The teams:  The Green Bay Packers (7-7-1) vs. the Chicago Bears (8-7).

The time:  3:25 p.m. CST Sunday.

The place: Soldier Field, Chicago.

The TV coverage:  FOX – WITI (Ch. 6 in Milwaukee), WMSN (Ch. 47 in Madison) and WLUK (Ch. 11 in Green Bay).

The announcers: Joe Buck and Troy Aikman in the booth and Pam Oliver reporting from the sideline.

The coaches: Green Bay's Mike McCarthy is 87-49-1 (including 6-4 in the postseason) in his eighth season as the Packers' coach and as an NFL head coach. Chicago’s Marc Trestman is 8-7 in his first season as coach of the Bears and as an NFL head coach.

The series:  The Bears lead the all-time regular-season series, 92-87-6, including the teams’ Nov. 4 meeting at Lambeau Field, 27-20. The Packers still have won eight of the last 10 meetings, however.

The rankings: The Packers’ fourth-ranked offense is No. 7 in rushing and No. 7 in passing. Their 26th-ranked defense is No. 26 against the run and No. 21 against the pass. The Bears’ eighth-ranked offense is No. 18 in rushing and No. 5 in passing. Their 29th-ranked defense is No. 32 against the run and No. 14 against the pass.

The line:  The Packers are favored by 3 points.

The injury report: Packers – Out:  OLB Clay Matthews (thumb). Questionable: WR Randall Cobb (leg). Probable:  ILB Brad Jones (ankle), RB Eddie Lacy (ankle), TE Ryan Taylor (illness), OLB Mike Neal (abdomen), LB Nick Perry (foot), DT Ryan Pickett (knee), TE Andrew Quarless (ankle), QB Aaron Rodgers (collarbone), TE Jake Stoneburner (illness).

Bears – Questionable:  WR Earl Bennett (not injury related). Probable:  LB Lance Briggs (shoulder).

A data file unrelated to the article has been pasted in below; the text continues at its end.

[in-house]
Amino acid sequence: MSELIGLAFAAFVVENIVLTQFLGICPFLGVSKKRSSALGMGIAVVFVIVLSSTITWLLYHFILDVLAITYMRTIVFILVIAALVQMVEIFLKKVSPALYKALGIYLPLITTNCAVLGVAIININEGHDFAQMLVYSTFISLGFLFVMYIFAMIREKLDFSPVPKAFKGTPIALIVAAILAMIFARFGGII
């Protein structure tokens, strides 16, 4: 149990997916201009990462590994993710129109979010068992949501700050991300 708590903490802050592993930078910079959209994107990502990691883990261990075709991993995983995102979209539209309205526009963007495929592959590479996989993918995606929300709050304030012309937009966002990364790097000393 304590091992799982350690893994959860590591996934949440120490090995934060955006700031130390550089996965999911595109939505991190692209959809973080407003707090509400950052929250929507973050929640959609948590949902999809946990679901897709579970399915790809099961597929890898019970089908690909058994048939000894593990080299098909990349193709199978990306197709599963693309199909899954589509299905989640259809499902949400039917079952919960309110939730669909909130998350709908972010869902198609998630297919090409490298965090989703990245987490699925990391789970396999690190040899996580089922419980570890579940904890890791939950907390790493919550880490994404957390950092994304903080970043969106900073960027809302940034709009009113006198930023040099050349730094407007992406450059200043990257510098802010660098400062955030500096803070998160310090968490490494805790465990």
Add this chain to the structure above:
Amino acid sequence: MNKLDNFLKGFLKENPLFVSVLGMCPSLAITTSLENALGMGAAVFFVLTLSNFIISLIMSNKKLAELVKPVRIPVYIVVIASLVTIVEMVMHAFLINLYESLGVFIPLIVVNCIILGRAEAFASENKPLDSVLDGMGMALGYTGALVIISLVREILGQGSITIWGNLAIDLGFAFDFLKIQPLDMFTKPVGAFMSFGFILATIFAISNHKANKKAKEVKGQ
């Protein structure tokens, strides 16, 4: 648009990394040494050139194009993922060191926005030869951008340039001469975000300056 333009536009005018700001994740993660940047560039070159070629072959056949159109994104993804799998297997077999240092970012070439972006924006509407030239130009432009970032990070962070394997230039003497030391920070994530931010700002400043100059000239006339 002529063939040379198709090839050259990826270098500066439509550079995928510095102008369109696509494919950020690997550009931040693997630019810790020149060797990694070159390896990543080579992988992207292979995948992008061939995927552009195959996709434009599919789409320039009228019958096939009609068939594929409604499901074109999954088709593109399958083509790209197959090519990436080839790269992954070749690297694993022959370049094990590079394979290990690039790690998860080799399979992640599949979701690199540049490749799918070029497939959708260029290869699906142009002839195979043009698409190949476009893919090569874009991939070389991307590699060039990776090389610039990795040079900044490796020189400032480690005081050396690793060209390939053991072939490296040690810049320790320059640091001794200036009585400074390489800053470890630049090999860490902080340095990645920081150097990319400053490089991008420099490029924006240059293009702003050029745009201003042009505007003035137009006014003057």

Rustoleum endorsement:  Rodgers can hear it now. If he’s off-target on a few early throws or – gasp! – throws a rare interception, he knows what the reason will be: Rust, from the longest layoff of his career as a starter at any level.

He insists it won’t be an issue. But he might be wrong.

“I'm sure if I miss a pass, that it's because I'm rusty, or if I hit one it's going to be a big deal or something,” Rodgers said. “But it's about preparation for me and going through the practice reps like I did today and tomorrow, and getting ready to play.”

Although Rodgers rode the pine for three seasons behind Brett Favre from 2005 through 2007, he’s never been out of commission as a starter in high school, junior college, college or pro football for as long as he has been since fracturing his collarbone Nov. 4. It’s been seven weeks and six days since the Bears’ Shea McClellin drove him shoulder-first into the Lambeau Field turf, and at the time, he had completed 68.9 percent of his passes for 2,218 yards with 15 touchdowns and four interceptions (108.0 rating) in seven games plus one offensive series in Game 8.

Asked if he would be thinking about the collarbone when he returns to action, Rodgers quoted the great philosopher Kobe Bryant, who returned from a ruptured Achilles’ tendon and then suffered a knee injury a few weeks later.